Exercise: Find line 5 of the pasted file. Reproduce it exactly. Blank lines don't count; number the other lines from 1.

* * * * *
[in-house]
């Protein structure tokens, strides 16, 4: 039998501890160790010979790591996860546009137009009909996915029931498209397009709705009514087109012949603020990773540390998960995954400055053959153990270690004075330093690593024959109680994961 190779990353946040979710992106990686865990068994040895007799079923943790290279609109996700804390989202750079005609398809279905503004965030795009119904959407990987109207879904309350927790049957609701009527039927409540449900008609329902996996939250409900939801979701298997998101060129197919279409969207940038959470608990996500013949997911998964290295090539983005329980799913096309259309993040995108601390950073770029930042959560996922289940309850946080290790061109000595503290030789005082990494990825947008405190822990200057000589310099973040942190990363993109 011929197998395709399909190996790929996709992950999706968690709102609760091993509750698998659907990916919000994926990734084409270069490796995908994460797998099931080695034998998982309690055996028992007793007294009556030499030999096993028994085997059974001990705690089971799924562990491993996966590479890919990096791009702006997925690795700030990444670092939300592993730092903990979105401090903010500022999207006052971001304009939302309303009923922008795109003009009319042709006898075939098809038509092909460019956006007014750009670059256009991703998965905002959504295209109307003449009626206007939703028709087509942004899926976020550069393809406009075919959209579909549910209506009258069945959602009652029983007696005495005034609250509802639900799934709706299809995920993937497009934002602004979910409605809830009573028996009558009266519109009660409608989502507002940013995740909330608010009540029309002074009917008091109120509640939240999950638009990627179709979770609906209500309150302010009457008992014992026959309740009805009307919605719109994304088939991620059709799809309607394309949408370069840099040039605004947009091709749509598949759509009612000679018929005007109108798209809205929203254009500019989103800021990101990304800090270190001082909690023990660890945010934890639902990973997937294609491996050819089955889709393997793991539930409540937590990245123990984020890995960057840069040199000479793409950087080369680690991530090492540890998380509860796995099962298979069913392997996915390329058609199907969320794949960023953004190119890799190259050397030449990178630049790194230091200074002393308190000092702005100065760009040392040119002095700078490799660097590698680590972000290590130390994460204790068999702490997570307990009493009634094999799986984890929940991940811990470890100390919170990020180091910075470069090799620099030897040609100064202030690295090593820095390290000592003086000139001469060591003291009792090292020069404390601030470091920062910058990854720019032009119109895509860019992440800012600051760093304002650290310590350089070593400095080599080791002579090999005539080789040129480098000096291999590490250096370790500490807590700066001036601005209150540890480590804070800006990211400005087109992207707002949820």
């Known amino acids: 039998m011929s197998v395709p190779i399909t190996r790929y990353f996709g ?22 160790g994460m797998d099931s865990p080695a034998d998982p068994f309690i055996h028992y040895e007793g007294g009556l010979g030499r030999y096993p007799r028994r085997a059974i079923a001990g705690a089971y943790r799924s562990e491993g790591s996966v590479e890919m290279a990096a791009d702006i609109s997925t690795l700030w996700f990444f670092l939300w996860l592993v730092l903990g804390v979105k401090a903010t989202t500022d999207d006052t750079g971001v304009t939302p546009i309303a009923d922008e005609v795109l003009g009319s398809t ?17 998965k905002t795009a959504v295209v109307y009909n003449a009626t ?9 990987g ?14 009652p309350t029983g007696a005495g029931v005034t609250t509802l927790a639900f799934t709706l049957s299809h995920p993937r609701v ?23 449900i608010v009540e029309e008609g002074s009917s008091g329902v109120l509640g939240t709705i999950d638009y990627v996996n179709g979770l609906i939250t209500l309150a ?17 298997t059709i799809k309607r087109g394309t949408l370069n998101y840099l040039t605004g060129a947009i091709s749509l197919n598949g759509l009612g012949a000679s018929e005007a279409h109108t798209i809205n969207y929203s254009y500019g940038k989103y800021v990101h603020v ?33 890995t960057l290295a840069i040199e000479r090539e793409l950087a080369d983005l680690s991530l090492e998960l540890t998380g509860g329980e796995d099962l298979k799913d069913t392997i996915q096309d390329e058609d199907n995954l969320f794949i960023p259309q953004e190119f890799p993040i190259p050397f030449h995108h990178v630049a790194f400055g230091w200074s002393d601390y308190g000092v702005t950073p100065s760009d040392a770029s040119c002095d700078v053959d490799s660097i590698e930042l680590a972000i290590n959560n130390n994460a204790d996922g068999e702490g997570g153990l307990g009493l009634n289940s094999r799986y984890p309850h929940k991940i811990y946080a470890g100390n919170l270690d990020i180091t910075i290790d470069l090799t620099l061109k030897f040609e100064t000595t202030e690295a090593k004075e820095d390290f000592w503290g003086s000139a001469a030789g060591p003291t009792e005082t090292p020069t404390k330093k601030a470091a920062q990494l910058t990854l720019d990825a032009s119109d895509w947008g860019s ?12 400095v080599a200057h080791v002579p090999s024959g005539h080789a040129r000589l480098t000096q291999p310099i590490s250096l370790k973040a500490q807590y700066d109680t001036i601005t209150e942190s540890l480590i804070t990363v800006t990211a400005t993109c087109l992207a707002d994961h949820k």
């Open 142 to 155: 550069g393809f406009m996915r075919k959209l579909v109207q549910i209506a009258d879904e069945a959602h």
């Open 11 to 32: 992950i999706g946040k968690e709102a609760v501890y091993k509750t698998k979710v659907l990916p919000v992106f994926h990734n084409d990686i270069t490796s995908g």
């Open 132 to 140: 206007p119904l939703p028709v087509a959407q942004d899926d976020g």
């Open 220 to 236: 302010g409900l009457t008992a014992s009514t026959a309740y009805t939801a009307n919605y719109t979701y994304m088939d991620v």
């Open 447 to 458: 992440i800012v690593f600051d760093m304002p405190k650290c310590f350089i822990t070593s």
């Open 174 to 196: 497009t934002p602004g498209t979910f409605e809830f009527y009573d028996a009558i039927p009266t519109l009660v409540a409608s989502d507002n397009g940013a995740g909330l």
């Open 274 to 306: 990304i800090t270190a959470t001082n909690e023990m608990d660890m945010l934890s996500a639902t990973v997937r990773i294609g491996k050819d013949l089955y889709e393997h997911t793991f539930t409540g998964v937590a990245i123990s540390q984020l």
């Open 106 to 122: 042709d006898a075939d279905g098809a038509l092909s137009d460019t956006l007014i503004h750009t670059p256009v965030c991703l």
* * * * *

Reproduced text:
């Open 11 to 32: 992950i999706g946040k968690e709102a609760v501890y091993k509750t698998k979710v659907l990916p919000v992106f994926h990734n084409d990686i270069t490796s995908g």